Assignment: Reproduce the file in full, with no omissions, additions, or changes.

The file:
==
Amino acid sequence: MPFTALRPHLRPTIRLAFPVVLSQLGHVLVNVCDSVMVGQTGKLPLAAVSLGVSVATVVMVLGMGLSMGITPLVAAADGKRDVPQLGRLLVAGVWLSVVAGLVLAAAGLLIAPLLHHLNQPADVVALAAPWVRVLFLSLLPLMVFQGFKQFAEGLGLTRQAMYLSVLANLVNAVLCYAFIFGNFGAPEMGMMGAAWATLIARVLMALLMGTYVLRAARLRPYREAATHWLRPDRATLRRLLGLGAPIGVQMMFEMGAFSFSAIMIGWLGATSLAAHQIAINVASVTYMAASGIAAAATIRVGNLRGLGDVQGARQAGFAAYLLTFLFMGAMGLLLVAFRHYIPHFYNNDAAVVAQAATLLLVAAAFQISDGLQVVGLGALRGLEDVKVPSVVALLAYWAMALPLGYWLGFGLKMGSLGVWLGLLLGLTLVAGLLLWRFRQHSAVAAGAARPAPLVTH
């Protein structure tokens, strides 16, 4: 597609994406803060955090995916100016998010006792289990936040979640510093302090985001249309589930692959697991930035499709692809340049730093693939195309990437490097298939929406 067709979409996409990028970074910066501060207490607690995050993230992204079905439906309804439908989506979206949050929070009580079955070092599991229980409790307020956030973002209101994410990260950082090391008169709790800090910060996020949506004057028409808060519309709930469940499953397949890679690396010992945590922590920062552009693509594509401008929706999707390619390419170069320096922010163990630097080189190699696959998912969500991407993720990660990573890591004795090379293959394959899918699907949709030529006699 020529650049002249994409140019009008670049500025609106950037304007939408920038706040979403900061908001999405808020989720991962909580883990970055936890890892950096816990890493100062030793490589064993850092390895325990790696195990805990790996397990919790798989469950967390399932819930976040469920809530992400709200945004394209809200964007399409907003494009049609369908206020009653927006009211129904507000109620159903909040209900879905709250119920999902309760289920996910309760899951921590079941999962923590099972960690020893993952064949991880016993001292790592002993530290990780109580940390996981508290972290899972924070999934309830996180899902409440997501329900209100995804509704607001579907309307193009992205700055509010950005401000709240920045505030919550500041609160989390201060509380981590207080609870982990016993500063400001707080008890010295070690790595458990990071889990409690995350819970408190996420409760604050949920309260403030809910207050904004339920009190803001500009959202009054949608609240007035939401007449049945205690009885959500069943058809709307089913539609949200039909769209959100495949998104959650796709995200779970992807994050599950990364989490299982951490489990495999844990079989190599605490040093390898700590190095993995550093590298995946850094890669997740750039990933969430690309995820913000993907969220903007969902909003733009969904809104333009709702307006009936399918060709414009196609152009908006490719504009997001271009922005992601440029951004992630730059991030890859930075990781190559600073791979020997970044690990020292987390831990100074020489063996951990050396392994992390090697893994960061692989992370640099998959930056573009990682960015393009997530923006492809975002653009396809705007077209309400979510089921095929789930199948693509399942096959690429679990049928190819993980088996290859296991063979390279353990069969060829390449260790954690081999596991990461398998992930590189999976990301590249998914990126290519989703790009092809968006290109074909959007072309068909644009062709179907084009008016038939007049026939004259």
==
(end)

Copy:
Amino acid sequence: MPFTALRPHLRPTIRLAFPVVLSQLGHVLVNVCDSVMVGQTGKLPLAAVSLGVSVATVVMVLGMGLSMGITPLVAAADGKRDVPQLGRLLVAGVWLSVVAGLVLAAAGLLIAPLLHHLNQPADVVALAAPWVRVLFLSLLPLMVFQGFKQFAEGLGLTRQAMYLSVLANLVNAVLCYAFIFGNFGAPEMGMMGAAWATLIARVLMALLMGTYVLRAARLRPYREAATHWLRPDRATLRRLLGLGAPIGVQMMFEMGAFSFSAIMIGWLGATSLAAHQIAINVASVTYMAASGIAAAATIRVGNLRGLGDVQGARQAGFAAYLLTFLFMGAMGLLLVAFRHYIPHFYNNDAAVVAQAATLLLVAAAFQISDGLQVVGLGALRGLEDVKVPSVVALLAYWAMALPLGYWLGFGLKMGSLGVWLGLLLGLTLVAGLLLWRFRQHSAVAAGAARPAPLVTH
């Protein structure tokens, strides 16, 4: 597609994406803060955090995916100016998010006792289990936040979640510093302090985001249309589930692959697991930035499709692809340049730093693939195309990437490097298939929406 067709979409996409990028970074910066501060207490607690995050993230992204079905439906309804439908989506979206949050929070009580079955070092599991229980409790307020956030973002209101994410990260950082090391008169709790800090910060996020949506004057028409808060519309709930469940499953397949890679690396010992945590922590920062552009693509594509401008929706999707390619390419170069320096922010163990630097080189190699696959998912969500991407993720990660990573890591004795090379293959394959899918699907949709030529006699 020529650049002249994409140019009008670049500025609106950037304007939408920038706040979403900061908001999405808020989720991962909580883990970055936890890892950096816990890493100062030793490589064993850092390895325990790696195990805990790996397990919790798989469950967390399932819930976040469920809530992400709200945004394209809200964007399409907003494009049609369908206020009653927006009211129904507000109620159903909040209900879905709250119920999902309760289920996910309760899951921590079941999962923590099972960690020893993952064949991880016993001292790592002993530290990780109580940390996981508290972290899972924070999934309830996180899902409440997501329900209100995804509704607001579907309307193009992205700055509010950005401000709240920045505030919550500041609160989390201060509380981590207080609870982990016993500063400001707080008890010295070690790595458990990071889990409690995350819970408190996420409760604050949920309260403030809910207050904004339920009190803001500009959202009054949608609240007035939401007449049945205690009885959500069943058809709307089913539609949200039909769209959100495949998104959650796709995200779970992807994050599950990364989490299982951490489990495999844990079989190599605490040093390898700590190095993995550093590298995946850094890669997740750039990933969430690309995820913000993907969220903007969902909003733009969904809104333009709702307006009936399918060709414009196609152009908006490719504009997001271009922005992601440029951004992630730059991030890859930075990781190559600073791979020997970044690990020292987390831990100074020489063996951990050396392994992390090697893994960061692989992370640099998959930056573009990682960015393009997530923006492809975002653009396809705007077209309400979510089921095929789930199948693509399942096959690429679990049928190819993980088996290859296991063979390279353990069969060829390449260790954690081999596991990461398998992930590189999976990301590249998914990126290519989703790009092809968006290109074909959007072309068909644009062709179907084009008016038939007049026939004259």